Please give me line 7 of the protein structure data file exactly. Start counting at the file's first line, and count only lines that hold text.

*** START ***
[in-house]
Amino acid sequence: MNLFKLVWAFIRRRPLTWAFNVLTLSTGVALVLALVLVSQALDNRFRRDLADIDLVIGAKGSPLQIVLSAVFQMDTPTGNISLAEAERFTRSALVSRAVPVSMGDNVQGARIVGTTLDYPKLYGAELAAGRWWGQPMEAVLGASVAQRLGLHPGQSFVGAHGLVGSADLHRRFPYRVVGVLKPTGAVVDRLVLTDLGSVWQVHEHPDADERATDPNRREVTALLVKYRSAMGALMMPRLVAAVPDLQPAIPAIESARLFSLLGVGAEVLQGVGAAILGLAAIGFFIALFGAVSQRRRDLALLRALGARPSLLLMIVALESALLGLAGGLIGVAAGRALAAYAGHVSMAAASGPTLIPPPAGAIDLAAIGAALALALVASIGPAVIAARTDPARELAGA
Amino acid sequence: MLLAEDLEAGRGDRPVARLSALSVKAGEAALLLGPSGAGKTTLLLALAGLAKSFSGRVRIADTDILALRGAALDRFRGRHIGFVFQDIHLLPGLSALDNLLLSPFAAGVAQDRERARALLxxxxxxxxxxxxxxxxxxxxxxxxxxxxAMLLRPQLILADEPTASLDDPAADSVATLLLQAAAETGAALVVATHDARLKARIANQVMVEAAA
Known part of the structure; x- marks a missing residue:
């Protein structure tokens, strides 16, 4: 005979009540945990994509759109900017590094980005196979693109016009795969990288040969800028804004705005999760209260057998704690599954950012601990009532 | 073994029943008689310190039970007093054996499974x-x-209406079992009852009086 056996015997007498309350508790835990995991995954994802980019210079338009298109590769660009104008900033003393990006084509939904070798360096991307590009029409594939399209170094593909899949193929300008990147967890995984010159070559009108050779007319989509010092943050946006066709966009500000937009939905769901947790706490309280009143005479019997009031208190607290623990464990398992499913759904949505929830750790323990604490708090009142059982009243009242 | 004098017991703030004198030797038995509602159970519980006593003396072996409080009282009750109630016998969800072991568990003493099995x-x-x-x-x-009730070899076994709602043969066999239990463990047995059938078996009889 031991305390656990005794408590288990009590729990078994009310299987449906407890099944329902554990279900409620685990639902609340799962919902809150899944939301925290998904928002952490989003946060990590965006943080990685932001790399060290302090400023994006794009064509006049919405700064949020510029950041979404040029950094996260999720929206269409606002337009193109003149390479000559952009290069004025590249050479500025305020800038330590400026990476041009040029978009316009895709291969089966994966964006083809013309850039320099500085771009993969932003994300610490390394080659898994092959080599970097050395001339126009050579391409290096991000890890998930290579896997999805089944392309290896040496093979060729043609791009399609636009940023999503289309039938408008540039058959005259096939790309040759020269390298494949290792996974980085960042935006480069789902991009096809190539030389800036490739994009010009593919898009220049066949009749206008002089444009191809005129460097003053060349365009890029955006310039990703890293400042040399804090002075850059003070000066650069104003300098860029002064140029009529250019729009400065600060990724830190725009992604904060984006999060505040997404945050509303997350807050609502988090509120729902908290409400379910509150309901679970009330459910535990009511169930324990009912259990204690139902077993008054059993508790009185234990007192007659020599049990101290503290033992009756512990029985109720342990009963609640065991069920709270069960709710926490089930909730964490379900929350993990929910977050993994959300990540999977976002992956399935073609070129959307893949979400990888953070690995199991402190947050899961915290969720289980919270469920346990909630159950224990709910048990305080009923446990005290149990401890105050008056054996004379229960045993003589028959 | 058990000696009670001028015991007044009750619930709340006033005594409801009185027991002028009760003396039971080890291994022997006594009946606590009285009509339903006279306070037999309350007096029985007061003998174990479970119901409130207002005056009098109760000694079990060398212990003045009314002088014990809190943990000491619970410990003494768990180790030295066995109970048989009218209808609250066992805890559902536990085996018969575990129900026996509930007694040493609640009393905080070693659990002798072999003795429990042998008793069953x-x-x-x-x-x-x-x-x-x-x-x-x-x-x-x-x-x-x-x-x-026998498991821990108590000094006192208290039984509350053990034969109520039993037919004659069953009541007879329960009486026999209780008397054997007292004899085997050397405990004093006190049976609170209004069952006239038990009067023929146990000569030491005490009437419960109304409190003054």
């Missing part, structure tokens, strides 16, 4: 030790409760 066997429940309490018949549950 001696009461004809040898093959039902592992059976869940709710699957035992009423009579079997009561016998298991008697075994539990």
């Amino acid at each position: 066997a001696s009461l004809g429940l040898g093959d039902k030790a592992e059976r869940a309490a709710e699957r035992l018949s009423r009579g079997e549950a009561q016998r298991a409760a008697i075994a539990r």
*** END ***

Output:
């Amino acid at each position: 066997a001696s009461l004809g429940l040898g093959d039902k030790a592992e059976r869940a309490a709710e699957r035992l018949s009423r009579g079997e549950a009561q016998r298991a409760a008697i075994a539990r």